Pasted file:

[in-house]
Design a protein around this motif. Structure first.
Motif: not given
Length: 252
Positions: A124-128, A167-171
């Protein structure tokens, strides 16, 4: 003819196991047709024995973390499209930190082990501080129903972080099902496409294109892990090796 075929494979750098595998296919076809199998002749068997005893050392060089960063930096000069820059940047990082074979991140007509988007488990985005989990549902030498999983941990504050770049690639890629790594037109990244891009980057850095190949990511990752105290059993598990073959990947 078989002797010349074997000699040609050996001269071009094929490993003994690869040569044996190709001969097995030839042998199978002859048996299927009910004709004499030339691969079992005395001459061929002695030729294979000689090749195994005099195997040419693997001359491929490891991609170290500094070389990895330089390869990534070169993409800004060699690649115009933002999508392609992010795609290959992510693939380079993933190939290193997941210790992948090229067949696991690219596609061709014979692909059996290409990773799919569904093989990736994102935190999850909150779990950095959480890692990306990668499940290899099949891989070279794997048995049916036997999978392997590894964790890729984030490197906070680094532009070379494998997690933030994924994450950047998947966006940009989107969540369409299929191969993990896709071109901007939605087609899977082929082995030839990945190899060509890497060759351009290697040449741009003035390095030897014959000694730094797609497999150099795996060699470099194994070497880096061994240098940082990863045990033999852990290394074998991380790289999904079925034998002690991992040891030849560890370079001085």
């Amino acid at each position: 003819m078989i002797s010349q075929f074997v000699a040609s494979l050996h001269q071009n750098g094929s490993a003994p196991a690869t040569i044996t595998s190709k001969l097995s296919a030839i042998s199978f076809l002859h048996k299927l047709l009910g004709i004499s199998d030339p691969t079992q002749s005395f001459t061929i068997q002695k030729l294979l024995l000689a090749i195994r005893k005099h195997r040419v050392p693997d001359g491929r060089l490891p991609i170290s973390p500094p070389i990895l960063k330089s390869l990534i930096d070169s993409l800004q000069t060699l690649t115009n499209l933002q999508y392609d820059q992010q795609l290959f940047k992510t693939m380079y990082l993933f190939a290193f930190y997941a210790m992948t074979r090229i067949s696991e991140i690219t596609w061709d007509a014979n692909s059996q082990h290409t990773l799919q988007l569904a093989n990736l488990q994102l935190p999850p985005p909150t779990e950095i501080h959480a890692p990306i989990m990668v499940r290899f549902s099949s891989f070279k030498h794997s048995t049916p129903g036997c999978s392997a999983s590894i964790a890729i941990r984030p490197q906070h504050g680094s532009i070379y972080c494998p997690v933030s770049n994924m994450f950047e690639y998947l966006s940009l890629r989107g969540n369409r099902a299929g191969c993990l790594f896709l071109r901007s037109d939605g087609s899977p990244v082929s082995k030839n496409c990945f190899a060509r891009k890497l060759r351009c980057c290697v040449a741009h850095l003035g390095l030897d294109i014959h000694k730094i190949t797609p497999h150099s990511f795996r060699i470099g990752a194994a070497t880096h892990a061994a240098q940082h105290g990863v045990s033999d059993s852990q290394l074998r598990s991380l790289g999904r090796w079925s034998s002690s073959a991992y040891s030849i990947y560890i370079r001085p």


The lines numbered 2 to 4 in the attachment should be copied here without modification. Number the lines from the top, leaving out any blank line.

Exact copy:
Design a protein around this motif. Structure first.
Motif: not given
Length: 252